“The ability of ozone to kill micro-organisms associated with non-cavitated occlusal caries was investigated. The occlusal surfaces were treated with ozone (n = 53) or air (n = 49) for 40 s, and the underlying infected dentine was exposed. There was no significant difference between the number of bacteria recovered from the ozone-treated and the control sites (p 1 0.1). Treatment of the exposed dentine with ozone resulted in a just significant (p = 0.044) reduction in bacterial counts. Ozone treatment of non-cavitated occlusal lesions for 40 s failed to significantly reduce the numbers of viable bacteria in infected dentine beneath the demineralized enamel.”(1) (Ozone mediation)
“Despite the recent promising reports regarding the decline in dental caries, the disease is still widely prevalent in many countries. Recently, the total number of claims in England and Wales for dental interventions in the financial year 2002/2003 was 34 million [Brazzelli et al., 2006]. Nowadays, pharmaceutical approaches to treat dental caries are desirable. The development of such approaches raises the possibility of caries treatment without drilling: an approach apparently much welcomed by patients. A novel concept for the treatment of dental caries using ozone gas, as a potent microbicide, has recently been introduced [Baysan et al., 2000; Baysan and Lynch, 2004, 2006]. Previous data had suggested that ozone delivered as a gas on root carious lesions [Baysan et al., 2004] or as ozonated water to bacteria in vitro [Baysan et al., 2000] was extremely bactericidal. Such effects would be expected if the gaseous ozone became dissolved in water since ozonated water is well established as an antimicrobial in many industrial situations [Kim et al., 1999]. Previous reports of the clinical use of ozone gas to treat carious lesions, including non-cavitated occlusal carious lesions, were critically evaluated in two recent independent reviews [Rickard et al., 2004; Brazzelli et al, 2006]. However, the treatment of non-cavitated occlusal caries with ozone gas has not been extensively investigated and the reports of the effects of ozone gas exposure on noncavitated occlusal lesions are not consistent. Exposure of occlusal carious lesions to ozone gas had no significant effect on caries status for the overall study population [Huth et al., 2005], but in the high current caries risk group there was a significant reduction in the clinical status of these lesions. Therefore. in this study, we determined the anitmicrobial effect of the application of ozone gas on the micro flora of infected dentine. In association with non-caviated occlusal carious and lesions, we subsequently determined the effect of ozone gas on the viability of bacteria on the exposed and infected teeth.”(1)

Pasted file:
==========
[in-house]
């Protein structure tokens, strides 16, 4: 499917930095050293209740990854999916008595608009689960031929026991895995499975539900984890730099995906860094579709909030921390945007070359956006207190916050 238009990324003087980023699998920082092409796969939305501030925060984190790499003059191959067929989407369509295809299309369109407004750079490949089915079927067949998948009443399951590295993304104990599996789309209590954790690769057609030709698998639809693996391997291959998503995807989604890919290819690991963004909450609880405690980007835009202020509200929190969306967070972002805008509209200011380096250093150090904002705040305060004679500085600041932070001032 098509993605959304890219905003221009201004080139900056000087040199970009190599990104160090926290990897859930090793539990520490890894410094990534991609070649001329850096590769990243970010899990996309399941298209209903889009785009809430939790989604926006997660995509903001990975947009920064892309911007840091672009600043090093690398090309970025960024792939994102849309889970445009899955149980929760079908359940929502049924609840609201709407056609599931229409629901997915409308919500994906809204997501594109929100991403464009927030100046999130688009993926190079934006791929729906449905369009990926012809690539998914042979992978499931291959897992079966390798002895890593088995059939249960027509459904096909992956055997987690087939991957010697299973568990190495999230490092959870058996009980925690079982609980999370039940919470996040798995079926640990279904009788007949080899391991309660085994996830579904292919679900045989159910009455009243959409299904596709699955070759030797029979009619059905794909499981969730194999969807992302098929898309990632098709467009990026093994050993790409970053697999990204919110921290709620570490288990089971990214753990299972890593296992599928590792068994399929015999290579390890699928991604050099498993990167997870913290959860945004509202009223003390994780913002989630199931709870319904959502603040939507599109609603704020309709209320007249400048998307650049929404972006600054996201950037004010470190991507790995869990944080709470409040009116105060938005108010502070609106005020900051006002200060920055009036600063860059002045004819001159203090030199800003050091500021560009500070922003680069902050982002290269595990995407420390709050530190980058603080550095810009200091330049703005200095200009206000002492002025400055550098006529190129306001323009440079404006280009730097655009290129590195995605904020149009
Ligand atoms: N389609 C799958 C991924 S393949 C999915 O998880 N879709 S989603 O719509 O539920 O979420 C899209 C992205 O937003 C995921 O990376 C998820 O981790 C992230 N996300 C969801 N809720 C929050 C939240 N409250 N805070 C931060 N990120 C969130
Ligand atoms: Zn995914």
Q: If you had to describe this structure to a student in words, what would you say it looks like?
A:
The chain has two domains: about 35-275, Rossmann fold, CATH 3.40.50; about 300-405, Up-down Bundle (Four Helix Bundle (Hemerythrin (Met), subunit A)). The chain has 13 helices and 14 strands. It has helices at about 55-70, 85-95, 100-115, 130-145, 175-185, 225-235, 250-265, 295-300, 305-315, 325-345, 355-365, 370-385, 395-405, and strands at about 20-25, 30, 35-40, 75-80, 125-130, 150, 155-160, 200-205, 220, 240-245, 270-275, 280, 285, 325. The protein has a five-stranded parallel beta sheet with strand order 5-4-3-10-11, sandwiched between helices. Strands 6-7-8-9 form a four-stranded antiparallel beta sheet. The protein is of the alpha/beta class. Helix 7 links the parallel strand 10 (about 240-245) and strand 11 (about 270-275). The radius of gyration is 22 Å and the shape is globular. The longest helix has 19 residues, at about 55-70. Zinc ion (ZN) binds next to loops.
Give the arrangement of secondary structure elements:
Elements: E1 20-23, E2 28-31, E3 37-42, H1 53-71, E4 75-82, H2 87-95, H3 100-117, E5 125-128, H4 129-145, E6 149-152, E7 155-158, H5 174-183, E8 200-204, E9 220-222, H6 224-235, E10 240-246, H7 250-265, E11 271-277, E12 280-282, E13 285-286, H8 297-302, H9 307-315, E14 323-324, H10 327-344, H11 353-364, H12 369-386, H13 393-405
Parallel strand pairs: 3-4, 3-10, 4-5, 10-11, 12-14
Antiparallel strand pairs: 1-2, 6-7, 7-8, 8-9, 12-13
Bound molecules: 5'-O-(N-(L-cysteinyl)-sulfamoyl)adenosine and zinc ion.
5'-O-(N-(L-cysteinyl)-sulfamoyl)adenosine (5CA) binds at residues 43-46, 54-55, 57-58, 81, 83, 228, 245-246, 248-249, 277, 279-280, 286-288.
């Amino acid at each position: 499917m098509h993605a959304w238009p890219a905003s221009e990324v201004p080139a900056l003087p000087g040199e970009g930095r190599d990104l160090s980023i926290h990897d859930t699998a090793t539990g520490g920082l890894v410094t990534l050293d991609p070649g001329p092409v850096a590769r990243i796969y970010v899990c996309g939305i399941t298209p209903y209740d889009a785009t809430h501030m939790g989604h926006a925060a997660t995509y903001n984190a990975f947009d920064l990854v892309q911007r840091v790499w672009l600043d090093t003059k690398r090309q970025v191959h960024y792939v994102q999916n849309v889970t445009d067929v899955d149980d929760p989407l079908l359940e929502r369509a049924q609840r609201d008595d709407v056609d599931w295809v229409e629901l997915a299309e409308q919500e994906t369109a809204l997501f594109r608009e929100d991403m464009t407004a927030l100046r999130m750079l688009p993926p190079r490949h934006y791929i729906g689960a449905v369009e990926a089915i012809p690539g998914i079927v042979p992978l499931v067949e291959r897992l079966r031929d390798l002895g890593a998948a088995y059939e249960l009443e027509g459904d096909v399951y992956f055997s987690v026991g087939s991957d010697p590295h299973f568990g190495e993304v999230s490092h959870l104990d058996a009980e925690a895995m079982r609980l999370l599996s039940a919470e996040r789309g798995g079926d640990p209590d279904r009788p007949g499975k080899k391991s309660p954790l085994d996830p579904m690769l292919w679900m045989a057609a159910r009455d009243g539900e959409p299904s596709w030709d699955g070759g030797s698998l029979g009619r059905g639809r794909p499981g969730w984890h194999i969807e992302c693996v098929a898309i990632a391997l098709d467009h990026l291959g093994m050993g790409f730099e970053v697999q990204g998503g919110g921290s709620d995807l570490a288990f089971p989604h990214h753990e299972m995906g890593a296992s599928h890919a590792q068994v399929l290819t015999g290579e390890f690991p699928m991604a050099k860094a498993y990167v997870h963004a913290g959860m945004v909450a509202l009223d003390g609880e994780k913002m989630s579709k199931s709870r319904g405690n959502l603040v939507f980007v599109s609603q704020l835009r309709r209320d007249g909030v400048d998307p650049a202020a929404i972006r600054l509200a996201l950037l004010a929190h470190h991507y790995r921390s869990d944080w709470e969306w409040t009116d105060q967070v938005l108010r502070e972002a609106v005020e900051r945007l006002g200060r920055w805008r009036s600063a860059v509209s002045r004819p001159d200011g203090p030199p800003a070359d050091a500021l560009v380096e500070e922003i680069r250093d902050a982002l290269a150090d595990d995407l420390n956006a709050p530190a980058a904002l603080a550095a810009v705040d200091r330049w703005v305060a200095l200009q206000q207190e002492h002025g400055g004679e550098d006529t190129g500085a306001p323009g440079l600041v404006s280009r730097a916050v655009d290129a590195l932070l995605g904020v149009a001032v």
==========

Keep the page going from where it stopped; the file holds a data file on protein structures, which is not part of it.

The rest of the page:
2. Ozone Treatment of Non-Cavitated Occlusal Lesions
The 104 teeth were randomly allocated using a computer-generated random number table (http://www.random.org/) to either an ozone treatment group or to a no-treatment group. The teeth
in the ozone treatment group were exposed to ozone gas from the Healozone delivery system (Kavo) for 40 s according to the manufacturer’s instructions at room temperature. Immediately following ozone exposure, the enamel was removed from above the dentine using a sterile Jet 330 bur. The consistency, colour and wetness of the dentine were recorded [Kidd et al., 1993]. Subsequently, the dentine was sampled using a standardized procedure with a sterile round steel No. 3 bur, and the sample was placed into 1 ml of Fastidious Anaerobe Broth (Lab M, Bury, UK) and immediately transported to the laboratory for processing.
3. Microbiological Analysis of Dentine SamplesThe standardized dentine samples were dispersed by vortexing with sterile 3.5- to 4.5-mm-diameter glass beads (BDH, Lutterworth, UK) for 30 s. Read More here.
4. Data Analysis The numbers of bacteria in each dentine sample were calculated from the mean of the duplicate Fastidious Anaerobe Agar plate colony counts. Read More here.